Once upon a time, my best friend and I knew a woman who was going through a difficult time.  Her father had recently been diagnosed with cancer, and the news naturally was hitting her hard.  The three of us saw each other often for drinks and dinners, and one night, around the time all of this was happening, we all got blotto, mind-bogglingly so.

Deep into her cups, our friend poured out her grief for her father.  She got so upset that we all retreated to the ladies’ room, where our friend unleashed both her tears and the contents of her stomach.  As we crouched in the stall with her, trying to comfort her, a fourth woman walked in.  And on witnessing the noise and the hubbub, she gave the best counsel she could: “Honey, he ain’t worth it.”

We laughed.  To the fourth woman’s puzzlement, we laughed long and hard.  And when we had a chance to explain to the fourth woman what was going on, she laughed too.  Gallows humor, perhaps, but what else were we to do?  Our friend’s father was definitely worth her tears, although we agreed that most boyfriends were not.

* * *

Robbie and I were talking about blogs the other day.  He rarely reads them unless I point him to them, but then, of course, he has opinions–ones that I think are incredibly insightful, especially when they jive with my own.

On this particular occasion we were talking about comments, and how at times commentators are really too nice.  I have a penchant for argumentative comments, as I have admitted here before, but it’s as an antidote to commentators who act as a chorus of yes-men for the blogger.  Or perhaps that should be “yes-women.”  I didn’t think of the effusion of support that people in comments often offer as gendered until Robbie pointed it out. “You know,” he said, “everyone in the comments was doing that woman thing–that ‘there, there,’ thing.”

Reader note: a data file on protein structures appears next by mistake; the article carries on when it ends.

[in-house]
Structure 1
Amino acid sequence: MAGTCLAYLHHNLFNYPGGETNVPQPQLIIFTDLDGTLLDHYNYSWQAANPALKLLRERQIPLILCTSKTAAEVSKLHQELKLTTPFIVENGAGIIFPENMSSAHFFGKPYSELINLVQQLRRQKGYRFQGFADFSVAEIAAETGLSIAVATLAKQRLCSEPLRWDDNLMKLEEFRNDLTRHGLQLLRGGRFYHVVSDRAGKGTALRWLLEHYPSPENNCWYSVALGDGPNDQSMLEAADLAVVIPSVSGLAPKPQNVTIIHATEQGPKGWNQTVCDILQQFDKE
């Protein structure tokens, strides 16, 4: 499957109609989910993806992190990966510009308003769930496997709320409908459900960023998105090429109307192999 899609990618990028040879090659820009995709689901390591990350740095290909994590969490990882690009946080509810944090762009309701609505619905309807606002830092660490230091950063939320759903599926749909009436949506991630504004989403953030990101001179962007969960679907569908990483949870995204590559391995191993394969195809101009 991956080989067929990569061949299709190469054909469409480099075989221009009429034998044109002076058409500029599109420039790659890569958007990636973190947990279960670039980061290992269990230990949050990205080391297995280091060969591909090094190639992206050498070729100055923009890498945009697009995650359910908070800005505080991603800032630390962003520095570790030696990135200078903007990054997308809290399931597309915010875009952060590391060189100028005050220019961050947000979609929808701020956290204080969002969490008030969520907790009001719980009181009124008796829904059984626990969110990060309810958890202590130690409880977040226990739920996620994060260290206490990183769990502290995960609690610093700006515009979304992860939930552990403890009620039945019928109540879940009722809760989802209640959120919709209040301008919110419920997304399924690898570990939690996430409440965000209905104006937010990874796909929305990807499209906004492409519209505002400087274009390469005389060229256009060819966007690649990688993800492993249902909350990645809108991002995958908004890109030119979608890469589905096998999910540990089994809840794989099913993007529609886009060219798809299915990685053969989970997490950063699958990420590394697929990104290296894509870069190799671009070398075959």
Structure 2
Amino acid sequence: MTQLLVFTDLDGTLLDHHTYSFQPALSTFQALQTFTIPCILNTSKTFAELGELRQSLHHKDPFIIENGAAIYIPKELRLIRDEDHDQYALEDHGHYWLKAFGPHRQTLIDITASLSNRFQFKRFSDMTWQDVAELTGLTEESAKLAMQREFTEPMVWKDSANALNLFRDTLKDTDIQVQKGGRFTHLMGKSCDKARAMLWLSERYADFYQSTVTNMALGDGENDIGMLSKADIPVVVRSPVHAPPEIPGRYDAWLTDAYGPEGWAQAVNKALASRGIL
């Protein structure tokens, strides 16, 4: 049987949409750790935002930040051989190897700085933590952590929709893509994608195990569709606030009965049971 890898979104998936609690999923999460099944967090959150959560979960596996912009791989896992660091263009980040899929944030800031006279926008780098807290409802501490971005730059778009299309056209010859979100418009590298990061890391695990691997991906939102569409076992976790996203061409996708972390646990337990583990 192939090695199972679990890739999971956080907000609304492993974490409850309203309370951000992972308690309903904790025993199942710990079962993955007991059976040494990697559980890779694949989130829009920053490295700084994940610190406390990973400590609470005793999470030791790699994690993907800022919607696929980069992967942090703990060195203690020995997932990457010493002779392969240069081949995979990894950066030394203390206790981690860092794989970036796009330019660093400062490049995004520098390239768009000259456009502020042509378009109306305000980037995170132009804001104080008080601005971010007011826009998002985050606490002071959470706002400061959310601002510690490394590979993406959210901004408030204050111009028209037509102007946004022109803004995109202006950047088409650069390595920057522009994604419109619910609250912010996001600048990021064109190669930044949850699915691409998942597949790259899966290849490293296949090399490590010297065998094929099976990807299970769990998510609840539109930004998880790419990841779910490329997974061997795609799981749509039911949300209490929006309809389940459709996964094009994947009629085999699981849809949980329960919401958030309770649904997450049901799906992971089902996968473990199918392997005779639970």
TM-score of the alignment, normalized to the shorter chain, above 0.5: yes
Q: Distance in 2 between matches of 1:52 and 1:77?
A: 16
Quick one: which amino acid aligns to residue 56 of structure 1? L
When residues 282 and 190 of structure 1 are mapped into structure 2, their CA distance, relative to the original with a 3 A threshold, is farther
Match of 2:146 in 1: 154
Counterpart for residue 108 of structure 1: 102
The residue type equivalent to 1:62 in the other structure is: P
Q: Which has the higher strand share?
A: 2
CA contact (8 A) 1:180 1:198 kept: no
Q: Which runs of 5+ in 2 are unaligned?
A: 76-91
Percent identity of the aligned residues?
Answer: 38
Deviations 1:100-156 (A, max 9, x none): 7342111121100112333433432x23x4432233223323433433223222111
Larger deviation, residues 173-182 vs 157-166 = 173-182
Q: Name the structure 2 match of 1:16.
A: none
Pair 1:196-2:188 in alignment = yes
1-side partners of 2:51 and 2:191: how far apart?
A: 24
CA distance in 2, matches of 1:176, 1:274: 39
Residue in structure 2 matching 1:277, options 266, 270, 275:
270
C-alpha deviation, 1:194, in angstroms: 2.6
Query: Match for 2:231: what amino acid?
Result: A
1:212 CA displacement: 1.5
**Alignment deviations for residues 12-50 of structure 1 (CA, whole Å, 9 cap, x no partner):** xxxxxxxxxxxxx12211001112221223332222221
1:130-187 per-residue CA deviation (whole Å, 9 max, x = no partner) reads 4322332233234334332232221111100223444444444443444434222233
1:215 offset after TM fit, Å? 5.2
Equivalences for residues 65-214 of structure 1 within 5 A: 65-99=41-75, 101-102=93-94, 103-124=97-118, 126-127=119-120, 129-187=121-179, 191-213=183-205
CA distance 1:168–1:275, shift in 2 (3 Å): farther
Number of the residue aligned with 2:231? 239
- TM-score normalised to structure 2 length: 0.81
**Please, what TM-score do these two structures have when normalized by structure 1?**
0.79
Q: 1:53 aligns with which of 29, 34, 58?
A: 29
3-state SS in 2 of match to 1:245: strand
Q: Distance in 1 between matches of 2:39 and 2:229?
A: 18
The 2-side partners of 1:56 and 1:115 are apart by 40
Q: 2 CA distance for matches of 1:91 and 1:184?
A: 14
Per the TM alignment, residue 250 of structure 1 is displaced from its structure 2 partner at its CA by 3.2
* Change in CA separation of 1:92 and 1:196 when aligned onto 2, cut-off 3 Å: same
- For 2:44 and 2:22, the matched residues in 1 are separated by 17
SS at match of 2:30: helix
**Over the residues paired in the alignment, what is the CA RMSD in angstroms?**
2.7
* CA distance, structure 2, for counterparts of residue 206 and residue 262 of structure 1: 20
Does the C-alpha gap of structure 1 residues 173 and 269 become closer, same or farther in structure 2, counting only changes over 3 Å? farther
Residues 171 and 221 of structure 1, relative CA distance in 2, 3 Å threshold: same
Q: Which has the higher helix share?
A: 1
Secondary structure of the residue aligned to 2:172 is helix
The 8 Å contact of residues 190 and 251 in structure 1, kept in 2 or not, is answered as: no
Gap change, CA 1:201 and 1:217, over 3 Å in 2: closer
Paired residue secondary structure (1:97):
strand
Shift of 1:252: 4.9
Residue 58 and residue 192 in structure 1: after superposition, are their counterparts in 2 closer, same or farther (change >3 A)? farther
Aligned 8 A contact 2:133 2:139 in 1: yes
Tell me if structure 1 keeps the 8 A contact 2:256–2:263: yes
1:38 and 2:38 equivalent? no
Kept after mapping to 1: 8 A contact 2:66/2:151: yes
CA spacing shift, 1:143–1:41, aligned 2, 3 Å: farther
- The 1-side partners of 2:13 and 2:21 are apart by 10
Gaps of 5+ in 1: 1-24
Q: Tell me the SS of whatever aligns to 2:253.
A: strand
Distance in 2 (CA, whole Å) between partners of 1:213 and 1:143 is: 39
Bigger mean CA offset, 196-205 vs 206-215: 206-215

I knew what he meant.  The coffee-klatsch is alive and well in the 21st century, and living in bloggers’ comments.  We get to bitch about our sex lives, our families, our pets, our lovers–and most of the people to whom we bitch offer a sympathetic ear.

But a sympathetic ear is not always what we need, and it’s hard for virtual friends to perform the function of real friends.  When virtual friends say, “there, there,” they sometimes get it wrong; sometimes, their response is as automatic as a generic (but vivid) “Honey, he ain’t worth it.”

This was especially clear to me last week, while reading Gray Lily’s blog.  Like most people, Gray was having some relationship speedbumps.  Unlike most people, Gray wrote about them in a compelling and dramatic way that left her readers upset and concerned for her.  Her many readers wrote in to tell her that the man in question was not worthy of her time or attention.  I understand; it’s “he ain’t worth it”.  Except that sometimes he is worth it, and so is she, and so is the relationship . . . and people need to hear that, too.

I feel like I am not making my point here, or perhaps I am making it and making it again, in an obvious way.  I feel like I am not making my point because, of course, this isn’t a point about my friend, or someone’s comments, or even Gray Lily.  It’s a point about me.  At different times my friends and family have told me that the tears I have shed for Robbie are not worth it.  Heck, Robbie and I have often said to each other that our relationship is not worth the pain it puts us through.

But it’s very hard for outsiders to see what is really going on in a situation, inside that bathroom cubicle where the hurt is.  As my mother always says, “Nobody knows what’s really going on in a relationship except the two people in it.”  It’s hard to know how precious or horrible or fantastic or dull life is for two people who chart a course together–or even two people who share one enchanted evening.

Sometimes, it’s just hard to know.